CHICAGO, Sept. 25 (Xinhua) -- Chicago corn and wheat futures fell Tuesday while soybean futures edged up, as traders considered world demand for the U.S. crops.
The most active corn contract for December delivery edged down one cent, or 0.13 percent, to close at 7.4375 dollars per bushel. December wheat lost 5.5 cents, or 0.62 percent, to settle at 8.865 dollars per bushel. November soybeans rose 1.5 cents, or 0.09 percent, to close at 16.115 dollars per bushel.
Corn and wheat declined for the second straight session, as traders worried that high U.S. crop prices would reduce U.S. competitiveness on the world market.
Corn prices in particular rose sharply over the summer due to effects of the U.S. drought, and the cheaper prices for South American corn have recently tempered demand for the U.S. corn crop. Additionally, ethanol production has also decreased in the last few months, further concerning corn traders.
U.S. wheat prices also rose sharply over the past month thanks to trader ideas that adverse weather in the Black Sea region could decrease Russian wheat exports, while bringing more buyers to the U.S. crop. Wheat consequently saw pressure Tuesday after comments from the Russian Deputy Prime Minister indicating that no Russian wheat export reductions were expected.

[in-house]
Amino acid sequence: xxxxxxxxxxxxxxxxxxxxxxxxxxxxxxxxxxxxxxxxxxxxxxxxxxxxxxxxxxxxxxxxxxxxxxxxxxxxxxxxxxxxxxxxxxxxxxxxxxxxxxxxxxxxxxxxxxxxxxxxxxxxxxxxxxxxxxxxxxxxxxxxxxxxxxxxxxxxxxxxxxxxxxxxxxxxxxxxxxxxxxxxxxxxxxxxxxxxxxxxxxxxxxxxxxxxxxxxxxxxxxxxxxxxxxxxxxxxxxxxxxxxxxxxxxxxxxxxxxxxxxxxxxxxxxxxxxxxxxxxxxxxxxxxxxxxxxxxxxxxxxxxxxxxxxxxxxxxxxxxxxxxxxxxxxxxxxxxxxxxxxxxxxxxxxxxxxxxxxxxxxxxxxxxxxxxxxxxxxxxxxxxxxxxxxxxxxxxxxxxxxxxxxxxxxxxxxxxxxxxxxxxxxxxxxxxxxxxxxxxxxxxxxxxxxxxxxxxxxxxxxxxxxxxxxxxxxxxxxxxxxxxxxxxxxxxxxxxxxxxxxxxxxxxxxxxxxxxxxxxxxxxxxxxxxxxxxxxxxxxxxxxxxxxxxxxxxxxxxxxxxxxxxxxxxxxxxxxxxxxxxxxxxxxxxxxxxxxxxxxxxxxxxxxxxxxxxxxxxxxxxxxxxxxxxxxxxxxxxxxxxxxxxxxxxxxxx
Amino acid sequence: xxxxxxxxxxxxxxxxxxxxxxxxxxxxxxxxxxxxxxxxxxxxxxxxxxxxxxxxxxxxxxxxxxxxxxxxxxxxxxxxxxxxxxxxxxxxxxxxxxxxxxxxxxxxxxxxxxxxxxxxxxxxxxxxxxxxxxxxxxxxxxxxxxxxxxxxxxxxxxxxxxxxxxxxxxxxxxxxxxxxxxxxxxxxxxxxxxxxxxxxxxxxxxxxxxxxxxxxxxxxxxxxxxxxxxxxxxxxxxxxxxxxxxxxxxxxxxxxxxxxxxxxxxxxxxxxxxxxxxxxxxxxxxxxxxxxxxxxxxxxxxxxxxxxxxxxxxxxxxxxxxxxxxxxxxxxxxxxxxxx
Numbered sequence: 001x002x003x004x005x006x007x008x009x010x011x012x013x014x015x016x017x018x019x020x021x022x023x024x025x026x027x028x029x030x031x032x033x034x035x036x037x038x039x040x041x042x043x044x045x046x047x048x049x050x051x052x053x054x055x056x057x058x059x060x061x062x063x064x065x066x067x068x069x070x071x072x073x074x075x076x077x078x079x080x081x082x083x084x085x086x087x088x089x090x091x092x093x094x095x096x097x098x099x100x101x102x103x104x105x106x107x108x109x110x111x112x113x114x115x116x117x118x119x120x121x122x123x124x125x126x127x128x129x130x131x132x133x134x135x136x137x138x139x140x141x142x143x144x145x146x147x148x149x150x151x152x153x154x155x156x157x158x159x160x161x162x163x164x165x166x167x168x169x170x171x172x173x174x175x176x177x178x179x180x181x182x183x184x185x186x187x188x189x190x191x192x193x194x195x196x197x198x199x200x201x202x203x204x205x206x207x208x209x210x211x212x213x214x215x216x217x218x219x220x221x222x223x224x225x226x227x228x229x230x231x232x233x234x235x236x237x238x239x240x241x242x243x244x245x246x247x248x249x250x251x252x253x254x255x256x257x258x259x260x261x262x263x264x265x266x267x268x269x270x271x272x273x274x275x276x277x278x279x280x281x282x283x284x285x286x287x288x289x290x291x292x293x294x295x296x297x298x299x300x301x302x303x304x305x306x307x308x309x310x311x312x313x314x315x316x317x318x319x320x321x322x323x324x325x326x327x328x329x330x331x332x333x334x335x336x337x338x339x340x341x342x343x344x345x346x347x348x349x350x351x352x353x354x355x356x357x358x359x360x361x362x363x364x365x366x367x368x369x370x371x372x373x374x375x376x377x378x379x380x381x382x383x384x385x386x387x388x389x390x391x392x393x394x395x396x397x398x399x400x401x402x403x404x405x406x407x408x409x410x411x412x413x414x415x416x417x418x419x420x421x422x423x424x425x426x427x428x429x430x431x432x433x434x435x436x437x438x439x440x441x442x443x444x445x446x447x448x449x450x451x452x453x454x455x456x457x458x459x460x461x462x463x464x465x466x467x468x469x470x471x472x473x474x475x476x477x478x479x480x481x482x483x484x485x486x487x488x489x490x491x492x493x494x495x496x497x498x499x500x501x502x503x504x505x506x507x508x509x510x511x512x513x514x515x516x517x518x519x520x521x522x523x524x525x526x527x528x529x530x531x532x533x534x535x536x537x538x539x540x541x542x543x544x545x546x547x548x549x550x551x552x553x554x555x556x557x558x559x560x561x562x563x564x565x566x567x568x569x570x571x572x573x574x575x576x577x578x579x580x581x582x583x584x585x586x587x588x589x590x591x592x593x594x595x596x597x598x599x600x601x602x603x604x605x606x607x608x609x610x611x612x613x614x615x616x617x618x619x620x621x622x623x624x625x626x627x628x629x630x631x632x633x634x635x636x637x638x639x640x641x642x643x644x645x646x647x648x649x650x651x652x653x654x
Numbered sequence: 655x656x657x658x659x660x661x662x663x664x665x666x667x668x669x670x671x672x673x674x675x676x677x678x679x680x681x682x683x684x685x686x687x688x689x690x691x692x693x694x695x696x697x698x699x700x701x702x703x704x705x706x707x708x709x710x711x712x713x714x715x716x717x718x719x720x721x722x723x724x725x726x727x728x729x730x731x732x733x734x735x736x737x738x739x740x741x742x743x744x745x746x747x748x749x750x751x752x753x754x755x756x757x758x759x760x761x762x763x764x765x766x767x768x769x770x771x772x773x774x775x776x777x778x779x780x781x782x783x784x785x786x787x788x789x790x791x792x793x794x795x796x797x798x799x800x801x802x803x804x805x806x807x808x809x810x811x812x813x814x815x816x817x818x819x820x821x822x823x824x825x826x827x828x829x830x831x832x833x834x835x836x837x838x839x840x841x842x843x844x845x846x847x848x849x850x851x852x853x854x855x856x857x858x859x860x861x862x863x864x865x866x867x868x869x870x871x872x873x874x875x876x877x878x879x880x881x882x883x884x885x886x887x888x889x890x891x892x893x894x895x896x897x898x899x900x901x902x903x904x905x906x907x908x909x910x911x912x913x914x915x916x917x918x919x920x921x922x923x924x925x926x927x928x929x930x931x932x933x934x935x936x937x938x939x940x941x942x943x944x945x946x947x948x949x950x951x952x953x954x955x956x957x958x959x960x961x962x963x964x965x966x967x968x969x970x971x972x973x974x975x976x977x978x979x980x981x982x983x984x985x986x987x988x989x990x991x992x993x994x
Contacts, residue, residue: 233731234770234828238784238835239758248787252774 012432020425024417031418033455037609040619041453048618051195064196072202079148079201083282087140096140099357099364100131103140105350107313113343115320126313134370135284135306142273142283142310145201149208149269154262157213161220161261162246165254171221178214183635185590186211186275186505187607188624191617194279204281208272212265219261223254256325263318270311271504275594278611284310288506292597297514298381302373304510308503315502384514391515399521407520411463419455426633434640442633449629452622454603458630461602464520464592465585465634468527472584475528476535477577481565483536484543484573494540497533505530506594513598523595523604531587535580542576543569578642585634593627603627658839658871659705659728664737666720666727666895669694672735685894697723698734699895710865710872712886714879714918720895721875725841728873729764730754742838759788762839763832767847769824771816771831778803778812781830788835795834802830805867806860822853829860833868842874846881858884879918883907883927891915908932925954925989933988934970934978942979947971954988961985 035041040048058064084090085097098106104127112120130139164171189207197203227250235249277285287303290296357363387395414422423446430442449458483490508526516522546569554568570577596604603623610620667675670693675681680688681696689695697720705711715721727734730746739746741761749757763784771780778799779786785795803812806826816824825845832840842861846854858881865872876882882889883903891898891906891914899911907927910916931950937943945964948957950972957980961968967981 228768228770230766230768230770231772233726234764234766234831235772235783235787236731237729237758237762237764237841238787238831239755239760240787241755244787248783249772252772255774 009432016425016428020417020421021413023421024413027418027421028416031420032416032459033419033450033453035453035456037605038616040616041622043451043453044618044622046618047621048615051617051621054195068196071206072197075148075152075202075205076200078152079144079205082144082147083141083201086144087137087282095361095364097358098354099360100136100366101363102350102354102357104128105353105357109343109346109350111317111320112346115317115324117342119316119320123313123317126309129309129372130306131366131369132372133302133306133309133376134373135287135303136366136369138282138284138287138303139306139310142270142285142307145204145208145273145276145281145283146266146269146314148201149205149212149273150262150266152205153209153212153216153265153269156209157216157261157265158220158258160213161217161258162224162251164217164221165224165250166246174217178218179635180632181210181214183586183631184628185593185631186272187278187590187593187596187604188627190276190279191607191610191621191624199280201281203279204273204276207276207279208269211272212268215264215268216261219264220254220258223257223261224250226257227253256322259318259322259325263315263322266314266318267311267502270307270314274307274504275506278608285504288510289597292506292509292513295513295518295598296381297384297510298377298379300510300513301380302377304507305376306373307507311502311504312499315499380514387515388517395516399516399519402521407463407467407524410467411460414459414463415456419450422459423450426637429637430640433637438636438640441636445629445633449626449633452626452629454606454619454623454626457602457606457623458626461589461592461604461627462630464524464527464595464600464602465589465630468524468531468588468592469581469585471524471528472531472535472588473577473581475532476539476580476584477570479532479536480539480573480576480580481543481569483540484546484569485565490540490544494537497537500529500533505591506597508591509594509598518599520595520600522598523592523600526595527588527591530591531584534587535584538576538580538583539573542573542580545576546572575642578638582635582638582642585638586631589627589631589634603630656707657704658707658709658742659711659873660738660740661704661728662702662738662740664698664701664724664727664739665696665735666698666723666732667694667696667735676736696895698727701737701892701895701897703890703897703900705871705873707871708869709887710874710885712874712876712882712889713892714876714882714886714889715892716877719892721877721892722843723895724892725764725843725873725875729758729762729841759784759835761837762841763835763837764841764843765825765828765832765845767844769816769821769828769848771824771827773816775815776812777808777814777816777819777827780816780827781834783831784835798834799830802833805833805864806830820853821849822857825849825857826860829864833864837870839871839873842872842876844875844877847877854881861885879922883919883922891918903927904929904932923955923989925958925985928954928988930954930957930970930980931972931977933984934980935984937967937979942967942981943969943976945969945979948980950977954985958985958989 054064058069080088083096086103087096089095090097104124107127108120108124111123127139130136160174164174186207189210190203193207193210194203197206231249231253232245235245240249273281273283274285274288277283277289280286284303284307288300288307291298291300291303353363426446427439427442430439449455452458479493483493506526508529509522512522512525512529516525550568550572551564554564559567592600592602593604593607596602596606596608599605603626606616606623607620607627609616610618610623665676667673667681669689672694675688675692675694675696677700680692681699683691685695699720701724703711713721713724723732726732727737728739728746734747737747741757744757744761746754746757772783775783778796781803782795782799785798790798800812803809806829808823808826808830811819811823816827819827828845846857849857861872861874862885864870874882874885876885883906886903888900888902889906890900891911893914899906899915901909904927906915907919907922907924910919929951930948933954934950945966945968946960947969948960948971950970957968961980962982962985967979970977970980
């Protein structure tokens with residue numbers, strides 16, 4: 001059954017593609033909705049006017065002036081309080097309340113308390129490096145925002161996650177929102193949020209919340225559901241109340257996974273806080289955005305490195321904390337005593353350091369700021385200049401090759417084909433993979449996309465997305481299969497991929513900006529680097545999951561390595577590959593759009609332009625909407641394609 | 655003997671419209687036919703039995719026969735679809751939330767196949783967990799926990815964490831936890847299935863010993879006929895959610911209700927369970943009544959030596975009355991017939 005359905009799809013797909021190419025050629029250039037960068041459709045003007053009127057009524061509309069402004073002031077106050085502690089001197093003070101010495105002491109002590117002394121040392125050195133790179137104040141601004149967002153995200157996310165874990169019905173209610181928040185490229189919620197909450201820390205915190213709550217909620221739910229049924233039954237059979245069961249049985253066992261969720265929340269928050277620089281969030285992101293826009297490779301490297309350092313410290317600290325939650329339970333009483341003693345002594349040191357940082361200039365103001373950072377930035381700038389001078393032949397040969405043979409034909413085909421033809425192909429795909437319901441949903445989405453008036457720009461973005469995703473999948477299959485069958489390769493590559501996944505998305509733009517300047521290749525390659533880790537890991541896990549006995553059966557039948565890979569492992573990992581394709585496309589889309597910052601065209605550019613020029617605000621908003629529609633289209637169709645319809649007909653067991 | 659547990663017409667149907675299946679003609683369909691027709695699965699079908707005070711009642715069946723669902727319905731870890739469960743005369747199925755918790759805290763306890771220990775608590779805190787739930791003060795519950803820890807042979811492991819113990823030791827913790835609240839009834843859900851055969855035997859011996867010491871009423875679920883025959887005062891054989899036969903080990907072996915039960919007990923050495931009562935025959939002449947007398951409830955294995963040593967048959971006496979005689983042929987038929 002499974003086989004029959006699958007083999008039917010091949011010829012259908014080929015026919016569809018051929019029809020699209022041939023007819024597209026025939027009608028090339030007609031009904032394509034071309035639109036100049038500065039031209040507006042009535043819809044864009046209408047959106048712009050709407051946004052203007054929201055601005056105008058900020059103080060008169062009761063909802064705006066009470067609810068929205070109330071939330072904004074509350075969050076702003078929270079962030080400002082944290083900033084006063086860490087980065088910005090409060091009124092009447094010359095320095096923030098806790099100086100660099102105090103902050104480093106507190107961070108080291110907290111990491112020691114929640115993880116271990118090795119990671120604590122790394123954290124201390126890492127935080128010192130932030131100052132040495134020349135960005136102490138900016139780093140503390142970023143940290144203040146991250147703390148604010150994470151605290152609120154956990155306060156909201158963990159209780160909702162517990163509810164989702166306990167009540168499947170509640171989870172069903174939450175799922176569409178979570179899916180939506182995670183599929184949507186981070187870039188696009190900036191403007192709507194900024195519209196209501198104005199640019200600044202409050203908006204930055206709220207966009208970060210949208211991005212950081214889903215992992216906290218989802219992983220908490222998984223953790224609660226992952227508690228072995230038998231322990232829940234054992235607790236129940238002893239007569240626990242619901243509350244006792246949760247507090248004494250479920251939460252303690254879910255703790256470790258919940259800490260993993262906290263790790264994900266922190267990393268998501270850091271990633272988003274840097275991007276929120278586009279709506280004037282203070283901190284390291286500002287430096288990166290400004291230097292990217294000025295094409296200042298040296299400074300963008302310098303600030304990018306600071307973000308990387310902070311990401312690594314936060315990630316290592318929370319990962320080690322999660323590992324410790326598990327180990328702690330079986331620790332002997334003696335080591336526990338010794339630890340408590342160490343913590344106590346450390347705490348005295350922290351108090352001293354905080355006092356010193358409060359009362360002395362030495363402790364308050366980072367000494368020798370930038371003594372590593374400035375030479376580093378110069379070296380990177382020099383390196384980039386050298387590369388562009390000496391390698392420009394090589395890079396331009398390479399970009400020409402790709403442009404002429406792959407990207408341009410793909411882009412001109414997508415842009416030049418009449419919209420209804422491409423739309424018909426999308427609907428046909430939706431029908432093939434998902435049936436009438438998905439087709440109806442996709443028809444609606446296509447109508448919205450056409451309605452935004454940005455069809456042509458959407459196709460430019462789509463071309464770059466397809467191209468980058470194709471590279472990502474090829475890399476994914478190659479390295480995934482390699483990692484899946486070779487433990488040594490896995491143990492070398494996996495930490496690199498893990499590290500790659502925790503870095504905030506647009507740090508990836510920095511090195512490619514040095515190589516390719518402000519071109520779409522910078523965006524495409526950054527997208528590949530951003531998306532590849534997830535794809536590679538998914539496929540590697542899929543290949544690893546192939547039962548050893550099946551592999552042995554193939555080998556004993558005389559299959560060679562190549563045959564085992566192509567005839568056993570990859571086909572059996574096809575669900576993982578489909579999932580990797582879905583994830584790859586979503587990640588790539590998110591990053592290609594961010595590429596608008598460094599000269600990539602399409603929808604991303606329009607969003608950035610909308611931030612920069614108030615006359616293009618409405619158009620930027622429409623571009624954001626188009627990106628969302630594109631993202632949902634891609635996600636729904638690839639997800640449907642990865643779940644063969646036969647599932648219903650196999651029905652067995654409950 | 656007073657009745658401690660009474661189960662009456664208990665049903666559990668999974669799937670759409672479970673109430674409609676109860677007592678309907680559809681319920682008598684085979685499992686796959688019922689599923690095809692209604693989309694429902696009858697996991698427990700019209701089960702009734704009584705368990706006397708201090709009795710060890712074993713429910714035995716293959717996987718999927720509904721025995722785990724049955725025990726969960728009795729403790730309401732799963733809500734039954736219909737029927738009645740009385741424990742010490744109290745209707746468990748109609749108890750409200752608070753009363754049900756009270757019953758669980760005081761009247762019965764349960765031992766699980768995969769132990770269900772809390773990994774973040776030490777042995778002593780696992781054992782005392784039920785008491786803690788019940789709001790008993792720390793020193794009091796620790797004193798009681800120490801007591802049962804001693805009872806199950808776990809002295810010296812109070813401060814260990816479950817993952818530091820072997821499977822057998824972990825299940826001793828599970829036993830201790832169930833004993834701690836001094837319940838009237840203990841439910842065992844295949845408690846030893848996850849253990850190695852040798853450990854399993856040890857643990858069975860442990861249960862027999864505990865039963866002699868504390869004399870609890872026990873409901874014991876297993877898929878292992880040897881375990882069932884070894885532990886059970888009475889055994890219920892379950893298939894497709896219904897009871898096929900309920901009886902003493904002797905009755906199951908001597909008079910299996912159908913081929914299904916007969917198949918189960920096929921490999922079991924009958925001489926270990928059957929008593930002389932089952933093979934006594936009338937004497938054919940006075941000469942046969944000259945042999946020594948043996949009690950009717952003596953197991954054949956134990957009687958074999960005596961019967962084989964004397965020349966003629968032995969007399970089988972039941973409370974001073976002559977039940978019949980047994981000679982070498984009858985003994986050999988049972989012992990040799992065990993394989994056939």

Soybeans managed to edge up on the session as trader thought that the U.S. crop remains in high demand, with China in particular as a strong buyer. However, gains were limited by news of a wetter U.S. weather forecast, and reports that some soybean yields were better than expected.
Outside market conditions were largely mixed, as the session saw losses in crude oil and U.S. equities, a lower dollar for most of the session and a slight gain in gold.